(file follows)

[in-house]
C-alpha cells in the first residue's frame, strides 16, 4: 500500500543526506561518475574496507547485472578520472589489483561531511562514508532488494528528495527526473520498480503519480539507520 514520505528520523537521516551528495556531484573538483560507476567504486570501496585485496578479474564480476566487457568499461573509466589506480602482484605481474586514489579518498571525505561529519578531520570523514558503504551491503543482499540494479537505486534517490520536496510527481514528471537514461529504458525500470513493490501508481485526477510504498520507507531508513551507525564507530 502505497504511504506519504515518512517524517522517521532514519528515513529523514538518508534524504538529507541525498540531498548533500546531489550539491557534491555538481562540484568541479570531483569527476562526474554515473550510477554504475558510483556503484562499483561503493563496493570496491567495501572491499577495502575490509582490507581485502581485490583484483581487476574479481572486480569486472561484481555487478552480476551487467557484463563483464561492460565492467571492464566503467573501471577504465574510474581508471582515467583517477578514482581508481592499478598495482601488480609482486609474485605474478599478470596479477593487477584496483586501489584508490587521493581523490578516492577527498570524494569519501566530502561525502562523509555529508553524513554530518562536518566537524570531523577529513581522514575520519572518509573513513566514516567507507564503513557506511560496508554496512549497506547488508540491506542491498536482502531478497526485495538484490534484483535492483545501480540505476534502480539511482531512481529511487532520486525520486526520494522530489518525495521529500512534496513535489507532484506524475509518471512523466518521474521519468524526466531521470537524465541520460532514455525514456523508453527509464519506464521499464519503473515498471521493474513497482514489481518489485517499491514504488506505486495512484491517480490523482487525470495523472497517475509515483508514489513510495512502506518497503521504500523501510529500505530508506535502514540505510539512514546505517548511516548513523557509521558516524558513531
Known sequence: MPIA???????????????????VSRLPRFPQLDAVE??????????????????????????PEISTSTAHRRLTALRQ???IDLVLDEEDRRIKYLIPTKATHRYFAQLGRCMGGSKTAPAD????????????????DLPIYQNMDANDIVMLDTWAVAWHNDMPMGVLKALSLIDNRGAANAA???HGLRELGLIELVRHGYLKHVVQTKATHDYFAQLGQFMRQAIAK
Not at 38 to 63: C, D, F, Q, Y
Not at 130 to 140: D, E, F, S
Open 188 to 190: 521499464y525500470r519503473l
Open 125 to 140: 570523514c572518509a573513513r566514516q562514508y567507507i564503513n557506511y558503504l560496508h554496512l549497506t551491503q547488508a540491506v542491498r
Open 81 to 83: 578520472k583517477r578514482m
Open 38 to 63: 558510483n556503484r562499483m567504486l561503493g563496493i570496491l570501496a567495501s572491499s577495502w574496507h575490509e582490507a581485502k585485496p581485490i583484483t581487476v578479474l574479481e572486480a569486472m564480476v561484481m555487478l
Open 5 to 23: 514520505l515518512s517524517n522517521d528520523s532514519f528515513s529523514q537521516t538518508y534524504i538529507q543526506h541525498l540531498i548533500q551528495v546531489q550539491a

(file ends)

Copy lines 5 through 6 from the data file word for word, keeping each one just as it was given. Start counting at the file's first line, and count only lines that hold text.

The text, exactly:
Not at 130 to 140: D, E, F, S
Open 188 to 190: 521499464y525500470r519503473l